For the last few weeks I have been having a little problem with breathing. I thought that I had a respiratory virus or something. I was pretty sure the altitude wasn’t the problem because I had worked through that in the very early days of living in
and it wasn’t as bothersome as this new problem was becoming. Cuenca
I went to see Dr. Ceasar Toral here in
and he prescribed some medicine and I had to see him again after a couple of weeks to check progress. Unfortunately, there was no progress and things had actually gotten worse. So it was now off to the cardiologist to have a stress test because I have a history of this sort of thing. Cuenca
Dr. Juan Pablo Molina checked me out and told me I needed to have a heart catherization done to find the exact problem. Before I could find out what my insurance would and would not cover I had great difficulty breathing and was on my way to the emergency room. In fact, it was the morning following the stress test. I had a serious problem with no opportunity to solve the financial puzzle so we went to the “free hospital”. I know that those two words aren’t normally heard that close together and when spoken are followed by the question “free hospital” ?????
The hospital is in a very old building with a lot of attention needed. The beds in the emergency room were o.k. at least as far as I remember. I was a little preoccupied to really take an accurate assessment of my surroundings. But I do have to say that I was getting a lot of attention from a lot of people. More doctors were checking me out and asking questions than I have ever had the occasion to be involved with at one time in any other hospital and unfortunately I have had some experience in the past for various ailments. The problem was my Spanish is rudimentary, at best (I here people snickering who have heard me try to speak Spanish), I was fortunate there was a man in the hospital with his daughter who spoke English and was kind enough to help a total stranger. If Jesus reads this I want him to know I really appreciated everything he did and I certainly hope his daughter is now well. For those who think they can live here and not have to learn Spanish just think how I would have felt if Jesus wasn’t there to lend a hand. It truly is a foreign country and not a suburb of the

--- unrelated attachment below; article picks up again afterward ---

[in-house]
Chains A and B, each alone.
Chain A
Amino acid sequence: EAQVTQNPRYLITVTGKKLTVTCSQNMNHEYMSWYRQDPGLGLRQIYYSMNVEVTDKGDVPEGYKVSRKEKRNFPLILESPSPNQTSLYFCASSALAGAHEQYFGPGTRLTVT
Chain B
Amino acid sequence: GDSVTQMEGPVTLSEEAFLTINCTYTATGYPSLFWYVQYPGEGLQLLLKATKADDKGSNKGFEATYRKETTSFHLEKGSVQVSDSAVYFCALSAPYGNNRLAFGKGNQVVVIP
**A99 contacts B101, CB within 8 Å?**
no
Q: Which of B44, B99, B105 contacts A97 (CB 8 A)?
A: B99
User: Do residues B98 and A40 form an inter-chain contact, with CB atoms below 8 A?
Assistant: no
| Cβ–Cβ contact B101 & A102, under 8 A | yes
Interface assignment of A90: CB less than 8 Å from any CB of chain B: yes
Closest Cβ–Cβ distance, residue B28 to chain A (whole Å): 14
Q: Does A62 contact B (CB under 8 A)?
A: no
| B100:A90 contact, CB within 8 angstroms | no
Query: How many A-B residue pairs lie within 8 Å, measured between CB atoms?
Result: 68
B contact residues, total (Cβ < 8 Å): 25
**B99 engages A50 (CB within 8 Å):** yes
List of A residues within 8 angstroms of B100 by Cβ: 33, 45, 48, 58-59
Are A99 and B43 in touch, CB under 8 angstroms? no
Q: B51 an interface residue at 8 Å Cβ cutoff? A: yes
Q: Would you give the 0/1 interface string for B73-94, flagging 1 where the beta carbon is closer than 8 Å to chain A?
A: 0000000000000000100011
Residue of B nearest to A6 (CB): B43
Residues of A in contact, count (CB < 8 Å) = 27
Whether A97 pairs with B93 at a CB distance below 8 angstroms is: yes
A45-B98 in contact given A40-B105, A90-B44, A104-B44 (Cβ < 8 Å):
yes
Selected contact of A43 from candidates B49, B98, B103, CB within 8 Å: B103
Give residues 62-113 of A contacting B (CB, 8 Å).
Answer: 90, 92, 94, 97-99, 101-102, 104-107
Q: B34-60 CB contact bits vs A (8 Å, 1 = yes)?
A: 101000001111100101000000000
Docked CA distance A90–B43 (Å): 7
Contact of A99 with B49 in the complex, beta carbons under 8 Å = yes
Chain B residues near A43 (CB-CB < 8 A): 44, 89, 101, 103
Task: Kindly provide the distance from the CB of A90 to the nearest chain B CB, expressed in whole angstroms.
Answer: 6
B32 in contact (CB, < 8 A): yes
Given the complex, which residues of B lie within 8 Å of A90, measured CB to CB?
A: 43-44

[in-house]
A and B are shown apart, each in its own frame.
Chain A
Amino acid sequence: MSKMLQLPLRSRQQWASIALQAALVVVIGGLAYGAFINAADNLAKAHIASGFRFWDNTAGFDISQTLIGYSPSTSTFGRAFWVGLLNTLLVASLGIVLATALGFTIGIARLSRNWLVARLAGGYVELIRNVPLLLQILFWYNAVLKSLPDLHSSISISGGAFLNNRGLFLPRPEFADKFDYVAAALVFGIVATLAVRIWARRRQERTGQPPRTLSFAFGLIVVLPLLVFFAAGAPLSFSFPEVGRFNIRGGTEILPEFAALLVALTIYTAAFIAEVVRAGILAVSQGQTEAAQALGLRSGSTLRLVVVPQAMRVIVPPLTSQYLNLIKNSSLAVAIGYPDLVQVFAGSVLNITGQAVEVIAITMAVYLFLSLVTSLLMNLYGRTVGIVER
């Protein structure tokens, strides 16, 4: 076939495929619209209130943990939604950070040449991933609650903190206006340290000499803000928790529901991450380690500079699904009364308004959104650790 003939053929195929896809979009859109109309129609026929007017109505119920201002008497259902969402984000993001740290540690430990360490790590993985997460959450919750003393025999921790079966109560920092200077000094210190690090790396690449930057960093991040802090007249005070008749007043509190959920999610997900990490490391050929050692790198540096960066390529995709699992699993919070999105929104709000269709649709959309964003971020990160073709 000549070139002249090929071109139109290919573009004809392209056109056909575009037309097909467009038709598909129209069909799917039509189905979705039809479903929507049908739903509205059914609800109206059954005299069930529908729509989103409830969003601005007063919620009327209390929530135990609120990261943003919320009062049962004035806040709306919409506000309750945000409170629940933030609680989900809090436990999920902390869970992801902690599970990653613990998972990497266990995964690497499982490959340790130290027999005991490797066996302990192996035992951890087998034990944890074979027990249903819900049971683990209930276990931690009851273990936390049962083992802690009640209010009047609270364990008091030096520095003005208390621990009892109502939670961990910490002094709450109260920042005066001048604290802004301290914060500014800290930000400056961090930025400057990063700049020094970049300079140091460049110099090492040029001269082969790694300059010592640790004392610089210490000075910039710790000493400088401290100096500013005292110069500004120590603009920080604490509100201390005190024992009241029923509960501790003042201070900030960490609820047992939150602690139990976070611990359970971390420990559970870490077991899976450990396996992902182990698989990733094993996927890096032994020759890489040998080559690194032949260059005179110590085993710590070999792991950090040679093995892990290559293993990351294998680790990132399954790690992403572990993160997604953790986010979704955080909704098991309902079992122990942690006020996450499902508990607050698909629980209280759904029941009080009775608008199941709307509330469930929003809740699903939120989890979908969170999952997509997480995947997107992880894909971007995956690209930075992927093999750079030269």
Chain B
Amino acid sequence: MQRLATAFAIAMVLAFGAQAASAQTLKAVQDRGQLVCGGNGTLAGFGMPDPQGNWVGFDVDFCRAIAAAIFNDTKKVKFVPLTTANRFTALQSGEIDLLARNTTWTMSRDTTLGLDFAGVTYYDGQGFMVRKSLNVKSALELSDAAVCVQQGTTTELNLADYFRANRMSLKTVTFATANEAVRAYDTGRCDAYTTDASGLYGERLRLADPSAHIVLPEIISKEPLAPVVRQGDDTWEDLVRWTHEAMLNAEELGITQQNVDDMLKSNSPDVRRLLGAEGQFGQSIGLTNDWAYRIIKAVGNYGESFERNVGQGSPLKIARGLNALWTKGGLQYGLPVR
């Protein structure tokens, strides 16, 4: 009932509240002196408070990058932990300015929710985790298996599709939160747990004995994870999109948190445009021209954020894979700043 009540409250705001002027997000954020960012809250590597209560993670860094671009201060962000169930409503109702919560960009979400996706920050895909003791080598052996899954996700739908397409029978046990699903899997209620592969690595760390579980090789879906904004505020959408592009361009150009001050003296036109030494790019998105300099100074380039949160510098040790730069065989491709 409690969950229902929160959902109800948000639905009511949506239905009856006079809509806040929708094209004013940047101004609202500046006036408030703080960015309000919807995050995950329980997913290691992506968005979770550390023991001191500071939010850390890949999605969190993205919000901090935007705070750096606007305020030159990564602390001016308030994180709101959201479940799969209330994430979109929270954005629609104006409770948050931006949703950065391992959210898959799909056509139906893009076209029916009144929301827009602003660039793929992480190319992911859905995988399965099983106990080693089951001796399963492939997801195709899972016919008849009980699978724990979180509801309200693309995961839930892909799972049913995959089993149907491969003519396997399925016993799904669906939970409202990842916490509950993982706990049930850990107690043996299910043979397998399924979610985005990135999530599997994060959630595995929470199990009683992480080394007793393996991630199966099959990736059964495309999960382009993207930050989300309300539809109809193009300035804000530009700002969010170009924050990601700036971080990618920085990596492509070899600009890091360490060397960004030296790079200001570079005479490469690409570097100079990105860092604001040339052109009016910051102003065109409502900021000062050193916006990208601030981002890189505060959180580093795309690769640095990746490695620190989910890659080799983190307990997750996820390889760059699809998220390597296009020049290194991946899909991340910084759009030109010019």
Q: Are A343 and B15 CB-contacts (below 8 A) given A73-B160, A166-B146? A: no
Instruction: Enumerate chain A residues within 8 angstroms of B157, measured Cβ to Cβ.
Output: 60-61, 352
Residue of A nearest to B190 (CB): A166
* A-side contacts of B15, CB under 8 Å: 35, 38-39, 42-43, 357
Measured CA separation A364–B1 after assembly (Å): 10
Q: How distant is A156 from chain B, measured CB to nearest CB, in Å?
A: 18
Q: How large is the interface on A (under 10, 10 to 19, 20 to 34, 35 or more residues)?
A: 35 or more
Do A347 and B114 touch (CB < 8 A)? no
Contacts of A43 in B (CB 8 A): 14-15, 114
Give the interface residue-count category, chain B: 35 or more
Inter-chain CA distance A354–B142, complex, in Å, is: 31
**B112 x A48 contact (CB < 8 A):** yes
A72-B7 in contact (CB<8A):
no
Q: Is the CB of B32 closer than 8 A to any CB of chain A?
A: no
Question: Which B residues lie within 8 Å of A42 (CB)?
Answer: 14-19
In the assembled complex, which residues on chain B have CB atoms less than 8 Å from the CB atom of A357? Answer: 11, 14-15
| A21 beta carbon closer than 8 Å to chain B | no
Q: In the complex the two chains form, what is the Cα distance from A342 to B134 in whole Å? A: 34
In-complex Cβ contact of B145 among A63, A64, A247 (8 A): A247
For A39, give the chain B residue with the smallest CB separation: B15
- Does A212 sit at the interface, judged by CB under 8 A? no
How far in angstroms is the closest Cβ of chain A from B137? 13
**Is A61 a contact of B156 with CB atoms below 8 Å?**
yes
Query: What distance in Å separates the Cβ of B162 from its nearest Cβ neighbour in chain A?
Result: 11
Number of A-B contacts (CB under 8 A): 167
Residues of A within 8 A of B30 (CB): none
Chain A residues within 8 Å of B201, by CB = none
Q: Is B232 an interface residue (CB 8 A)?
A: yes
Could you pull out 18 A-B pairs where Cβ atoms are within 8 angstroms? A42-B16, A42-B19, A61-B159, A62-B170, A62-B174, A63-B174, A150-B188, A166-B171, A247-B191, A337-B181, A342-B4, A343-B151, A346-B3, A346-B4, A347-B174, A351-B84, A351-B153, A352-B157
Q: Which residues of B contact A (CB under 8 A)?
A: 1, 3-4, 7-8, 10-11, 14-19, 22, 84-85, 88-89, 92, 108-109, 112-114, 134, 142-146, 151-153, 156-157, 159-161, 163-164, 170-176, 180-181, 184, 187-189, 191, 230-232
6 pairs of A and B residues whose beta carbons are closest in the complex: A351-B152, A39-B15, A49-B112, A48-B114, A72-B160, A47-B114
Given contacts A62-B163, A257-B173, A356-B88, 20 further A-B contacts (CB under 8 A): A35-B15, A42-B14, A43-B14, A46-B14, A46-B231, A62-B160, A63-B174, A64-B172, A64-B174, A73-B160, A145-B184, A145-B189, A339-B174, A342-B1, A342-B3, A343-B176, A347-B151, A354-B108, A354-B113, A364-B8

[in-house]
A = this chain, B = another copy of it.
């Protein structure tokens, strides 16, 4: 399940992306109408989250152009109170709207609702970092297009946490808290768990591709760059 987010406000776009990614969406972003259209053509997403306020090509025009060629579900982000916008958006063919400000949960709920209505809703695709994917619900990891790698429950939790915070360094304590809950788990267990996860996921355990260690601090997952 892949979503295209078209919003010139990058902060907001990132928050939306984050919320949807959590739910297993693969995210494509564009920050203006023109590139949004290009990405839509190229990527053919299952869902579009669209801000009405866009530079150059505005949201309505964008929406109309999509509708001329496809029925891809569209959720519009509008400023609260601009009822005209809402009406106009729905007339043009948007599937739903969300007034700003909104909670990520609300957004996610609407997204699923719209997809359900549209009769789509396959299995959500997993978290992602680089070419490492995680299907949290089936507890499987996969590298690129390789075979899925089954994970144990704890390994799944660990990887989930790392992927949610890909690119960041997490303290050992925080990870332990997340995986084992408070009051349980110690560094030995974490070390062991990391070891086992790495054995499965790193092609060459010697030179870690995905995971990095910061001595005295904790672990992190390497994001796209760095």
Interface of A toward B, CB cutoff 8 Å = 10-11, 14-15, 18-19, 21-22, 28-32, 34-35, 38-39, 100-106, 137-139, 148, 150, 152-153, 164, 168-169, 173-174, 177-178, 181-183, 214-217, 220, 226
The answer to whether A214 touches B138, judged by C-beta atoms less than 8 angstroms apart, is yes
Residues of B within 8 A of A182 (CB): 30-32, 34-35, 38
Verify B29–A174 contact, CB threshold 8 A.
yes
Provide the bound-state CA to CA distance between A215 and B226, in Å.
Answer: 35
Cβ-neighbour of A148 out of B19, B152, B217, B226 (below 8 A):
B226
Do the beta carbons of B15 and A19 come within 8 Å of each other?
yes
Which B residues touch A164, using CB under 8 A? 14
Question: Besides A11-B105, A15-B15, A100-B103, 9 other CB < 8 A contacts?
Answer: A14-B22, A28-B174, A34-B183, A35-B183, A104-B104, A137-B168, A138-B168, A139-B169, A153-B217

I was in the trauma unit for two days while I was stabilized and observed. The trauma unit people do what is necessary for the welfare of patients but there are no frills here. The bed was really, really uncomfortable and more like a mat in a gym than a real bed. Joan had to buy me bottled water and bring me a pillow and a blanket. She went to different pharmacies to get the meds that were prescribed and other things that I needed. I didn’t get to ask what would have happened if I didn’t have friends or family to do these things. I don’t think they would have let me die. But then again how far can you push this “free” thing??? I would guess if anyone wanted to make a donation to this hospital it would be accepted.
When I was transferred to
(the ambulance ride was $35) I was put in the emergency room while we waited for the insurance company to work out details with the Dr. and the hospital. Sadly, this took several hours and the bed that had seemed like an improvement was just as painful to my” bottom” which was tortured for the third day in a row. The gym mats were plastic covered and the sheets were a slippery paper material that wouldn’t stay on the mat. In case anyone doesn’t know they take your clothes away and Johnny coats are open in the back. Skin against plastic for hours at a time is not a good thing. Monte Sinai Hospital
The procedure took place late in the afternoon and then I was transferred to a room that I at first mistook for heaven. There was a real bed with a real mattress, a pillow and sheets that were cloth not paper. The bed had a real blanket and a real bed spread. There was a television with HBO and other channels I wouldn’t expect in a hospital. On the wall was a painting. There was a futon in the room in case Joan wanted to stay the night there was a call button for the nurse and a phoned in the room, too.
The bellhop, I mean, the nurse explained I needed to dial #9 for an outside line and asked if there was anything else I needed. We had been told the hospital room was $300 a day.
Well, I am out of there and very glad to be home. Hospital food in the states usually sucks big time but hospital food in another culture really, really, really sucks and mine was a bland diet. O.K. now I’m going for sympathy, but you do get the general idea of what the medical care is like here.
During this whole ordeal our friends Mick and Kathy Wesson went way beyond the call of duty and stayed with Joan and drove her from place to place giving her rides to pick things up and to bring her to the hospital to be with me. We want them to know they made life a lot easier and we appreciate their friendship.